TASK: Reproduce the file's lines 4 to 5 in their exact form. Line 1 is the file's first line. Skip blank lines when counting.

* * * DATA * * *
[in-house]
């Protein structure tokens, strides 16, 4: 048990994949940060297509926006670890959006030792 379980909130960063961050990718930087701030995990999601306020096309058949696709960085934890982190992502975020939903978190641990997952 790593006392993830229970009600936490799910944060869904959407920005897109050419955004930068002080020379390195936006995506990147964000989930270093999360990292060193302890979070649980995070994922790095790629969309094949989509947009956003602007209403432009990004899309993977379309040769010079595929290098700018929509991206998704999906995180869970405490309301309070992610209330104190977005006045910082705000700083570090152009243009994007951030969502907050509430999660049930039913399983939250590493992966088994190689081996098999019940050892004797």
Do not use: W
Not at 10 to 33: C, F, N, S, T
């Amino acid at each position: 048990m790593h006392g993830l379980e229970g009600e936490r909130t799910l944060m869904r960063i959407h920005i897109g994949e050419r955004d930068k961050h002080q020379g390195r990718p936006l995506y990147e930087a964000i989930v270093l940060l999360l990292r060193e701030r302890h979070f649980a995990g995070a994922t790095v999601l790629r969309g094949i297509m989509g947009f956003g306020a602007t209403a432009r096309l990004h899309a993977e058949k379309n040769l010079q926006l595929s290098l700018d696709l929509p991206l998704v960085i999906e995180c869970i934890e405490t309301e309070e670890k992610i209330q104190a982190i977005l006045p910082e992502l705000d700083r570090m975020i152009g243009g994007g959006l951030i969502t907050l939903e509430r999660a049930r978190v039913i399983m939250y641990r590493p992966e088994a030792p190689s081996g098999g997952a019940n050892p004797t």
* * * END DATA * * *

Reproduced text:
Not at 10 to 33: C, F, N, S, T
């Amino acid at each position: 048990m790593h006392g993830l379980e229970g009600e936490r909130t799910l944060m869904r960063i959407h920005i897109g994949e050419r955004d930068k961050h002080q020379g390195r990718p936006l995506y990147e930087a964000i989930v270093l940060l999360l990292r060193e701030r302890h979070f649980a995990g995070a994922t790095v999601l790629r969309g094949i297509m989509g947009f956003g306020a602007t209403a432009r096309l990004h899309a993977e058949k379309n040769l010079q926006l595929s290098l700018d696709l929509p991206l998704v960085i999906e995180c869970i934890e405490t309301e309070e670890k992610i209330q104190a982190i977005l006045p910082e992502l705000d700083r570090m975020i152009g243009g994007g959006l951030i969502t907050l939903e509430r999660a049930r978190v039913i399983m939250y641990r590493p992966e088994a030792p190689s081996g098999g997952a019940n050892p004797t």